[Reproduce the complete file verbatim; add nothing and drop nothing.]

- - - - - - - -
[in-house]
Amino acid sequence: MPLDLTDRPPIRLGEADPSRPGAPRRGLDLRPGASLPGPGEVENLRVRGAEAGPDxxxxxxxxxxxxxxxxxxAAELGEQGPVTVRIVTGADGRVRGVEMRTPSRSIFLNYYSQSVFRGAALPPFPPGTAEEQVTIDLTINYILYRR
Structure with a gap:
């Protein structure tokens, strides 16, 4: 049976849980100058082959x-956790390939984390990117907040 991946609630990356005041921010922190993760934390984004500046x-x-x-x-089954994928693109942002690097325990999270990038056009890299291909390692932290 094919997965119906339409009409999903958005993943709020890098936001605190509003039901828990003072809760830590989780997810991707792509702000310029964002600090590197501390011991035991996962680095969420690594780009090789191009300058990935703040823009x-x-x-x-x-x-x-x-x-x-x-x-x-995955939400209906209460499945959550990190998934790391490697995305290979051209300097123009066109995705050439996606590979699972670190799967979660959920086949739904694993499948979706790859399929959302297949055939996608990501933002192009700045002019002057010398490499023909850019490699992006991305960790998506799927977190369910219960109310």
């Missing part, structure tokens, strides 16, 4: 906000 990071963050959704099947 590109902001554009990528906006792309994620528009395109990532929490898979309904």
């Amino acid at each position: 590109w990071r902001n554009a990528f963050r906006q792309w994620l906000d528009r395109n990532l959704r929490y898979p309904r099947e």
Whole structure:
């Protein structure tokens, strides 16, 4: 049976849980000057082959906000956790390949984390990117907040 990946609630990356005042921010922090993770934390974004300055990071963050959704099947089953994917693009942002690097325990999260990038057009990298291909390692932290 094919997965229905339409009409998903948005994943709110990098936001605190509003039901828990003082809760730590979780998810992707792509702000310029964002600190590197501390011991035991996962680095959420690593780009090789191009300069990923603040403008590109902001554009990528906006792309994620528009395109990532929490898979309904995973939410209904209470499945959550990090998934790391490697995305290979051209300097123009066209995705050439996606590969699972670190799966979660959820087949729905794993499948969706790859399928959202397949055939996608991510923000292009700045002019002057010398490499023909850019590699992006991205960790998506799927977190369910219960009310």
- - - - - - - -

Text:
[in-house]
Amino acid sequence: MPLDLTDRPPIRLGEADPSRPGAPRRGLDLRPGASLPGPGEVENLRVRGAEAGPDxxxxxxxxxxxxxxxxxxAAELGEQGPVTVRIVTGADGRVRGVEMRTPSRSIFLNYYSQSVFRGAALPPFPPGTAEEQVTIDLTINYILYRR
Structure with a gap:
């Protein structure tokens, strides 16, 4: 049976849980100058082959x-956790390939984390990117907040 991946609630990356005041921010922190993760934390984004500046x-x-x-x-089954994928693109942002690097325990999270990038056009890299291909390692932290 094919997965119906339409009409999903958005993943709020890098936001605190509003039901828990003072809760830590989780997810991707792509702000310029964002600090590197501390011991035991996962680095969420690594780009090789191009300058990935703040823009x-x-x-x-x-x-x-x-x-x-x-x-x-995955939400209906209460499945959550990190998934790391490697995305290979051209300097123009066109995705050439996606590979699972670190799967979660959920086949739904694993499948979706790859399929959302297949055939996608990501933002192009700045002019002057010398490499023909850019490699992006991305960790998506799927977190369910219960109310």
């Missing part, structure tokens, strides 16, 4: 906000 990071963050959704099947 590109902001554009990528906006792309994620528009395109990532929490898979309904």
């Amino acid at each position: 590109w990071r902001n554009a990528f963050r906006q792309w994620l906000d528009r395109n990532l959704r929490y898979p309904r099947e």
Whole structure:
């Protein structure tokens, strides 16, 4: 049976849980000057082959906000956790390949984390990117907040 990946609630990356005042921010922090993770934390974004300055990071963050959704099947089953994917693009942002690097325990999260990038057009990298291909390692932290 094919997965229905339409009409998903948005994943709110990098936001605190509003039901828990003082809760730590979780998810992707792509702000310029964002600190590197501390011991035991996962680095959420690593780009090789191009300069990923603040403008590109902001554009990528906006792309994620528009395109990532929490898979309904995973939410209904209470499945959550990090998934790391490697995305290979051209300097123009066209995705050439996606590969699972670190799966979660959820087949729905794993499948969706790859399928959202397949055939996608991510923000292009700045002019002057010398490499023909850019590699992006991205960790998506799927977190369910219960009310």